Cross-situational word learning in Chinese

Research output: Contribution to conferencePoster


This study extended previous findings on cross-situational learning of minimal word pairs by using Cantonese Chinese, a language that can separate the effects from individual lexical components of a word: initial consonant, rime and tone. Sixty native Cantonese speakers were recruited to participate in a standard cross-situational word learning task. In the cross-situational word learning task, four different types of word pairs were used: (1) a non-minimal word pair (N); (2) a consonant minimal word pair (C); (3) a rime minimal word pair (R) and (4) a tone minimal word pair (T). The results showed that participants could learn the word-referent mapping for all types of word pair but they performed better on N and T types of word pairs than the other two types of word pairs (i.e. C and R). Together with other previous evidence, these findings suggest that Cantonese language learners can learn and encode those phonetic details while they learn the word-referent co-occurrence probabilities, and the present results also suggest that the tonal information seemed to be more important than the other phonological components in word learning of Cantonese. Copyright © 2018 59th Annual Meeting Psychonomic Society.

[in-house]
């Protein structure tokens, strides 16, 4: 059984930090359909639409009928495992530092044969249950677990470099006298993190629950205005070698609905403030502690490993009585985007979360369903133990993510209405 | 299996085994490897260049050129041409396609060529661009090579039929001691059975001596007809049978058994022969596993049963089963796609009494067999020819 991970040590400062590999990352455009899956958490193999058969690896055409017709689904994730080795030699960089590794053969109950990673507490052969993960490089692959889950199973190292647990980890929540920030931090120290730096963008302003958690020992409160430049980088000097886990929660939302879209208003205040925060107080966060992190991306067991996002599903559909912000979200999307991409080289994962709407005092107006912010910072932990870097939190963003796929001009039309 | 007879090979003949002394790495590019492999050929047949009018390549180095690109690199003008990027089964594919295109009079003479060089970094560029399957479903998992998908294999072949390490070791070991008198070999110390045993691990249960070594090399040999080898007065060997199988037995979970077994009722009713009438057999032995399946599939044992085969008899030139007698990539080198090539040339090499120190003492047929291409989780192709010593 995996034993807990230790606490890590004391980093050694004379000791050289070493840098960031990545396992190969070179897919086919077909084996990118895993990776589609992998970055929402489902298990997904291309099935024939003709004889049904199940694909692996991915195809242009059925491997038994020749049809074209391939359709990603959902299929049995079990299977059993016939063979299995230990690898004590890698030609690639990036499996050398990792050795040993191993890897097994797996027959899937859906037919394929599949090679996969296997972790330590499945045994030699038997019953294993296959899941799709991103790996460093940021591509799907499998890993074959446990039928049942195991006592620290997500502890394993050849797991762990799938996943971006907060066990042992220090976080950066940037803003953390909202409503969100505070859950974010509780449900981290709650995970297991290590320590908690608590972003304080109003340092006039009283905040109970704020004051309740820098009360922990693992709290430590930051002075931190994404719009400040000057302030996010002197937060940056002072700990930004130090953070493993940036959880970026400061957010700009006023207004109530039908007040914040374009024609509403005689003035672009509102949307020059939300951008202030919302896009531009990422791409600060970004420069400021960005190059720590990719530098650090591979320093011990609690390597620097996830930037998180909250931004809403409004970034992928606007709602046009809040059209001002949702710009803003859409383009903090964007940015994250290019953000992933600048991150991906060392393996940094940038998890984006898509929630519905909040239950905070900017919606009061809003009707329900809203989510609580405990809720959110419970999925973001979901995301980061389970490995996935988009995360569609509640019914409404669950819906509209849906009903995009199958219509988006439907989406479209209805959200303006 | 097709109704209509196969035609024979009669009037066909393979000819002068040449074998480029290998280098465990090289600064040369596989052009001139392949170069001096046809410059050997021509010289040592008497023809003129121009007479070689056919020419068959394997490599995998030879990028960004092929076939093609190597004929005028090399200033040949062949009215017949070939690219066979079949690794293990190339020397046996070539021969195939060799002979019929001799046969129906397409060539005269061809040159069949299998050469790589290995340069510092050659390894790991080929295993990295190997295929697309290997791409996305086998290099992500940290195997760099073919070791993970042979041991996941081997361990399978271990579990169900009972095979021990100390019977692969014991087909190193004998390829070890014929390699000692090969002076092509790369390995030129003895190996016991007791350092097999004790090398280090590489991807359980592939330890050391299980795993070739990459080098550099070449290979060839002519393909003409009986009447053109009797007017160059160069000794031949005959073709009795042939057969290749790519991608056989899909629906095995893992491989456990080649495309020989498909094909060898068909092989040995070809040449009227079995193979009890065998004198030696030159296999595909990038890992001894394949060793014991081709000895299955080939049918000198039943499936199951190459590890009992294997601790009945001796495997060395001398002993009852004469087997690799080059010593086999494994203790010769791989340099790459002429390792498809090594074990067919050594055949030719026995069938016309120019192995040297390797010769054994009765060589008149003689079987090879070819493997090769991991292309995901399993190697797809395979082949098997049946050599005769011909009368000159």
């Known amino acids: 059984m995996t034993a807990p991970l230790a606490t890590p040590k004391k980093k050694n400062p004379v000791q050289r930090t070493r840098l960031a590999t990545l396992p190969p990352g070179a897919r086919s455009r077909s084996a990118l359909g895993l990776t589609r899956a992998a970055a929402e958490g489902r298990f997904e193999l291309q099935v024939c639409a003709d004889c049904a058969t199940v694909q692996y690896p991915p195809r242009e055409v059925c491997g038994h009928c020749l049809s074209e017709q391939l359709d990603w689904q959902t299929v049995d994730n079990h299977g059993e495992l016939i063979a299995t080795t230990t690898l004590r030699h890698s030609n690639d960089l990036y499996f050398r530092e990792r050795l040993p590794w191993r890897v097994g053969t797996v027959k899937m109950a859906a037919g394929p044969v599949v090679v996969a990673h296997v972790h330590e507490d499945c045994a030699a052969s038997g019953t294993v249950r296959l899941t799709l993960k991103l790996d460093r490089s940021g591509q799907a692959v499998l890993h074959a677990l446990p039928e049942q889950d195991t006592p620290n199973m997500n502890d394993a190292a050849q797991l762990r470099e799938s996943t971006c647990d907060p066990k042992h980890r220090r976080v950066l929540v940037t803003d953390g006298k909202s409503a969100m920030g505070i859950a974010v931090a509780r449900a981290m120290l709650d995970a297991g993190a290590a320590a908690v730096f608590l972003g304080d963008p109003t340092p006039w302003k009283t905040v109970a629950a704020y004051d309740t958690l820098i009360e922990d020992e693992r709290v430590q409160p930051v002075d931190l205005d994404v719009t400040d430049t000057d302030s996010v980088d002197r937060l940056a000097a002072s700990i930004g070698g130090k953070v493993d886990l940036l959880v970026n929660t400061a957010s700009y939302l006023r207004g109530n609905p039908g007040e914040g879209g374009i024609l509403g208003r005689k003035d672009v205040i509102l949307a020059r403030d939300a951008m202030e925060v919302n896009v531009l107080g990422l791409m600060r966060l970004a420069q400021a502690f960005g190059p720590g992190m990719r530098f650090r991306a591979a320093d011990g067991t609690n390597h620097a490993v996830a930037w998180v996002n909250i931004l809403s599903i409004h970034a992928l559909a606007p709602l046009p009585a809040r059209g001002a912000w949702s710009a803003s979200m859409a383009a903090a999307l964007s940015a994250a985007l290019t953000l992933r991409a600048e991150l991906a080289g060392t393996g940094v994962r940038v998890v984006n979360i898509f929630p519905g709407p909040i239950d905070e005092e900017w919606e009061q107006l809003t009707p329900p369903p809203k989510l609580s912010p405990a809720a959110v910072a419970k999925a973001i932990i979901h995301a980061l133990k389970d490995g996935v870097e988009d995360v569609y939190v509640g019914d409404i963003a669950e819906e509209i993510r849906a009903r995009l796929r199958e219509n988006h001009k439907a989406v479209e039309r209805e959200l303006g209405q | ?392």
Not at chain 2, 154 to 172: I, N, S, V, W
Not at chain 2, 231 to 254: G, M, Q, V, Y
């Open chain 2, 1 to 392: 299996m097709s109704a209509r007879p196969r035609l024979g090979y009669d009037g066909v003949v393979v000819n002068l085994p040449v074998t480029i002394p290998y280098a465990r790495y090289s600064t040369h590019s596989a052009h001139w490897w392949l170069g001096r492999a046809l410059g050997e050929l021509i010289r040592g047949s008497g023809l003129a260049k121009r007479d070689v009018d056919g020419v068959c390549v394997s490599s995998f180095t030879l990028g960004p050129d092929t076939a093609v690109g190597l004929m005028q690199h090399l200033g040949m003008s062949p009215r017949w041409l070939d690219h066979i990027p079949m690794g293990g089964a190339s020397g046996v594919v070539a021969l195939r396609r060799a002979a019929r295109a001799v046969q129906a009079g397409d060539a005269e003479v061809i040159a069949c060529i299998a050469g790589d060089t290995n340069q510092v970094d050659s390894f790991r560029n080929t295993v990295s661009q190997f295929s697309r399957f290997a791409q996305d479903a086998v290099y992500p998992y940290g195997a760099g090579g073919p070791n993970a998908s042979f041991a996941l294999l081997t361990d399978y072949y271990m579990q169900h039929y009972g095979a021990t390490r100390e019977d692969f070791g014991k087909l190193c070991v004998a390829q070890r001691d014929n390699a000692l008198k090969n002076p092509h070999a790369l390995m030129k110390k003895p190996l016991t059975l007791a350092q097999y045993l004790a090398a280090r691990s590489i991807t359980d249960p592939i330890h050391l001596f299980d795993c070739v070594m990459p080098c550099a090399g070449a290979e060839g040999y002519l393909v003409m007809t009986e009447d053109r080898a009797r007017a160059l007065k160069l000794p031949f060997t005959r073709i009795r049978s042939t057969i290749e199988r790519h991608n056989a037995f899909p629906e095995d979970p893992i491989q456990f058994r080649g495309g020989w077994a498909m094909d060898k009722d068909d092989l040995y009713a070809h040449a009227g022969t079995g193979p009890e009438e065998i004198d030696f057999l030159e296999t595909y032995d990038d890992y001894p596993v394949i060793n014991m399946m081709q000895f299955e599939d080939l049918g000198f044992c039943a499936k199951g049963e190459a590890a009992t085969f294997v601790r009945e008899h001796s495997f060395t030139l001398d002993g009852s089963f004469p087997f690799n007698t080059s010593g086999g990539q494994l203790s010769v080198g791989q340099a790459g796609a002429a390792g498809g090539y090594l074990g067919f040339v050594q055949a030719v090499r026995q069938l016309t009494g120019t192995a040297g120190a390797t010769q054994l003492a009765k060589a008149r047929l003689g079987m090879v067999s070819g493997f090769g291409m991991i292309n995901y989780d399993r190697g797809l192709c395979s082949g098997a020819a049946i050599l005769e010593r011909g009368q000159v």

Original languageEnglish
Publication statusPublished - Nov 2018
EventThe 59th Annual Meeting of the Psychonomic Society - New Orleans, United States
Duration: 15 Nov 201818 Nov 2018


ConferenceThe 59th Annual Meeting of the Psychonomic Society
Country/TerritoryUnited States
CityNew Orleans
Internet address


Yip, M. C. W. (2018, November). Cross-situational word learning in Chinese. Poster presented at the 59th Annual Meeting Psychonomic Society, Hyatt Regency New Orleans, Louisiana, USA.


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